Trial of 20 Saudis in killing of columnist Jamal Khashoggi opens in Turkey
By Carlotta Gall
The New York Times|
Jul 03, 2020 at 7:36 PM
ISTANBUL — Turkey opened a trial into the death of Saudi columnist Jamal Khashoggi in Istanbul on Friday, accusing 20 Saudi citizens in absentia, in a case that friends and human rights officials welcomed as an important step in advancing the search for justice in his killing.
None of the accused were present for the trial — Saudi Arabia has declined to extradite them — and it was unclear whether the court could legally pursue the case without defendants.
Nonetheless, the start of the proceedings was seen as a sign that Turkey and its president, Recep Tayyip Erdogan — who personally knew Khashoggi and was outraged that the killing took place in Istanbul — are determined to pursue those responsible and even implicate the Saudi kingdom’s day-to-day ruler, Crown Prince Mohammed bin Salman.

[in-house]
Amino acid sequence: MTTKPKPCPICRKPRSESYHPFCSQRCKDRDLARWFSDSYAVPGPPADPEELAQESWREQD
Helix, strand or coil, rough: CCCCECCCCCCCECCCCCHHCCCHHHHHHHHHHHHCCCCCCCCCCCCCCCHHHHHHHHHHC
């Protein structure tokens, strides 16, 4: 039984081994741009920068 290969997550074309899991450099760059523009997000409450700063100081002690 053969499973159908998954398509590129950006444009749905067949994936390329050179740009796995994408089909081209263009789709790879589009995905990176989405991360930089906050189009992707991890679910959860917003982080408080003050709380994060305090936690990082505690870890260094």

Khashoggi was killed when he visited the Saudi Consulate in Istanbul on Oct. 2, 2018, to obtain papers that would allow him to marry his Turkish fiancée, Hatice Cengiz. He never emerged from the meeting. His body was dismembered, and his remains have never been found.
Khashoggi, 59, a Saudi dissident, fled the kingdom and wrote columns for The Washington Post that were critical of his country’s leadership. His killing undermined the image of Crown Prince Mohammed as a young ruler working to open up the kingdom’s economy and society.
The Saudi government has prosecuted 11 men for carrying out the killing, and sentenced five of them to death in December, but did not find any senior officials responsible. The Turkish indictment accuses 18 men of carrying out murder with monstrous intent and inflicting grave torment.